It is clear that both sides would prefer a deal if this is at all possible, but the current EU position and Parliamentary arithmetic makes it look difficult to secure one that is acceptable to both the EU and the current Government, and which will also secure a majority in the House of Commons.

At the time of writing the Prime Minister has just delivered a brief outline of his Government’s revised proposals for a new deal to the Conservative Party Conference, but the full details of these proposals, and the EU’s likely response, remain unclear.

There is a basic legal framework in the UK for no deal, but a lot of gaps remain

It is worth reminding ourselves that the Government has thought through a high level strategy for plugging the gaps in our legal system once we leave the EU. The EU Withdrawal Act 2018 provides the necessary framework, which is based on importing into domestic law the vast majority of EU law that currently applies directly in the UK because of its EU membership. The Government is also well on the way to completing the necessary adjustments to our existing EU-derived law via hundreds of statutory instruments, which will take effect on 31 October in the absence of a ratified deal or an extension.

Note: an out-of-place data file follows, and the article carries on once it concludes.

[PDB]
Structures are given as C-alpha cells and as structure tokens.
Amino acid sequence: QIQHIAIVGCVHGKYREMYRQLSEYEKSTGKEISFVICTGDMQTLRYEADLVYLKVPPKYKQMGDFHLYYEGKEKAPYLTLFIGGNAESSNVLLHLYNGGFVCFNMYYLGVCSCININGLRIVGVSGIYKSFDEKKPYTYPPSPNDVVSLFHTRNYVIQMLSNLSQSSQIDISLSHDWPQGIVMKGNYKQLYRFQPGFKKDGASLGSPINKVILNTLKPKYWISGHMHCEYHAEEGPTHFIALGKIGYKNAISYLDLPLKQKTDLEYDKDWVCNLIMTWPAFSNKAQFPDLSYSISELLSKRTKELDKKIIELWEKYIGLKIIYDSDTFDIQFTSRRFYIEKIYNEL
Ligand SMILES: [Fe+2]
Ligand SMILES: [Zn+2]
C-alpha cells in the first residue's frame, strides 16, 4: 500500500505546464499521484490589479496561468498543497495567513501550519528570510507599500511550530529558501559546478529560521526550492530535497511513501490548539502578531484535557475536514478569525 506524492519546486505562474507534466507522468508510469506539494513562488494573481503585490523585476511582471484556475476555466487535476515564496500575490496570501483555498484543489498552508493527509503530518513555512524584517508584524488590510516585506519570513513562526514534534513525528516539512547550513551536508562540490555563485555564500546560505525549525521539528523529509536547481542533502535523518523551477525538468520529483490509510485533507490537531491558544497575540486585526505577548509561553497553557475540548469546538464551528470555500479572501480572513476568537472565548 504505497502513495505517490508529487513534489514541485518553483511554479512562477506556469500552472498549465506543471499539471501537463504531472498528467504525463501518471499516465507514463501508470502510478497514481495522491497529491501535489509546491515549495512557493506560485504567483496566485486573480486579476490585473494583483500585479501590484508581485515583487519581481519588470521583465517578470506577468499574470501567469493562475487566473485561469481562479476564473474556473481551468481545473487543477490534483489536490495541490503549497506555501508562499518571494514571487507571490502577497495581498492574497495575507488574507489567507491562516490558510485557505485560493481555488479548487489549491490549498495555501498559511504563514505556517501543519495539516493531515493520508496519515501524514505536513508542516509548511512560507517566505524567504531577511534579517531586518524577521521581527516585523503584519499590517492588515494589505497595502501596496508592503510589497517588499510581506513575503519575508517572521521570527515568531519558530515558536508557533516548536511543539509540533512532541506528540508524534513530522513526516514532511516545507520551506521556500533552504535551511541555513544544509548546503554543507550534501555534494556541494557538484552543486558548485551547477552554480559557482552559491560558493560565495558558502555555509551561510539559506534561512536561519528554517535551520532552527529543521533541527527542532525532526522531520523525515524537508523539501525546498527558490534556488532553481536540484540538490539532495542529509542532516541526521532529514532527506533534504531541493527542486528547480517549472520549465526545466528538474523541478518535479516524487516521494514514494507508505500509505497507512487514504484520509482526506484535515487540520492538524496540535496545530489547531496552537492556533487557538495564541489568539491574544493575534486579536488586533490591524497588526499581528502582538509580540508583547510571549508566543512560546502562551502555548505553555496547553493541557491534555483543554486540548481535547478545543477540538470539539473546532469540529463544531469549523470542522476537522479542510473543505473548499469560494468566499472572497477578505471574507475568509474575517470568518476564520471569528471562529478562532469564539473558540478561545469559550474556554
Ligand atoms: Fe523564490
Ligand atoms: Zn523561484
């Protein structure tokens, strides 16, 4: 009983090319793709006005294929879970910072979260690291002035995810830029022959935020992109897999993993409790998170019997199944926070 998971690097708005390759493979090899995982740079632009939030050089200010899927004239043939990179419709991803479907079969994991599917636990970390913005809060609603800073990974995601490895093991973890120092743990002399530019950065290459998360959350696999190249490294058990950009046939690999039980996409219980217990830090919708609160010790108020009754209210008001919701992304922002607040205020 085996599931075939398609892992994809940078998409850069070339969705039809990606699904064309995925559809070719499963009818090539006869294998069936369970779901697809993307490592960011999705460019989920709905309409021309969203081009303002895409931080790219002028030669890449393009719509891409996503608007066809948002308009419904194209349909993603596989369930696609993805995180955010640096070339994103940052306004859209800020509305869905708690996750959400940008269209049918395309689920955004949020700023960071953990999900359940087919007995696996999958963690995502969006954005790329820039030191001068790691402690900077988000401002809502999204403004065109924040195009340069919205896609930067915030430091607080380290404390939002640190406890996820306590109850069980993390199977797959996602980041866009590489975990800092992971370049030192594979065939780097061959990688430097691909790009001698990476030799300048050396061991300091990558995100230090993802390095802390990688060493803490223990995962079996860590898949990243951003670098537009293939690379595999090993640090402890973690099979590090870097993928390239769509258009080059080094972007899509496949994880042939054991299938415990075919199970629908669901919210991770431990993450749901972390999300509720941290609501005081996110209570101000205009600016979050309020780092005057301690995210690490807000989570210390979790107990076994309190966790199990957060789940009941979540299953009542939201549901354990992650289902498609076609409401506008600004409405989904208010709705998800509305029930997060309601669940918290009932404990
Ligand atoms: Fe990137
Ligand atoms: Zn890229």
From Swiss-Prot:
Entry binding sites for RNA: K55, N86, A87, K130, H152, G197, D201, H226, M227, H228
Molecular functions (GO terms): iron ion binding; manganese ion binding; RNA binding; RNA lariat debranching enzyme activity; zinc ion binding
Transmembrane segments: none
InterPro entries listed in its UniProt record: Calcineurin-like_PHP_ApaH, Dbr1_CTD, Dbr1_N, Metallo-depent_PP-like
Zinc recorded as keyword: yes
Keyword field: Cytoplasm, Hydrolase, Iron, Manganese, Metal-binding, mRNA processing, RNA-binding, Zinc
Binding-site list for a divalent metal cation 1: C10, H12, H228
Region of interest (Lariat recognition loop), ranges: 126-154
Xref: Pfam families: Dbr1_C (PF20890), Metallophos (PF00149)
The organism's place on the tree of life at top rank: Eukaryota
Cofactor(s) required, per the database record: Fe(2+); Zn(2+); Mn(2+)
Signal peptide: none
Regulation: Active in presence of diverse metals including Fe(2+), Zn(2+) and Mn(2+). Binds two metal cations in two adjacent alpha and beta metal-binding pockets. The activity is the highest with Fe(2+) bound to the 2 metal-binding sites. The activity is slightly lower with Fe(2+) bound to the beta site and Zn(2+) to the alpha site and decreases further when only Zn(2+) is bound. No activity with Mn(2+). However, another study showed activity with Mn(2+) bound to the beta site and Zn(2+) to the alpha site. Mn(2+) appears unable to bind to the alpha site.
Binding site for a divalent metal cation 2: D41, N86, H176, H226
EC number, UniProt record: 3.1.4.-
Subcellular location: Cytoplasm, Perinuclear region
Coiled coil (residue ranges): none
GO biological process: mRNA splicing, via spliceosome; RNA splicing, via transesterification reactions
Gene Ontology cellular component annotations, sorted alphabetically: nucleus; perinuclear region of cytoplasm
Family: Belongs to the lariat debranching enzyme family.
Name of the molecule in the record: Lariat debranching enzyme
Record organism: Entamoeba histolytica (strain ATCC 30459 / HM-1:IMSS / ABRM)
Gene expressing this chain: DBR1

However, the UK will need to develop its own law in a number of key areas – for example to deal with future immigration from the EU or to create a new regime to replace EU agricultural subsidies and research grants. For now, the current Government’s strategy is broadly to preserve the status quo, as far as unilateral action can achieve that.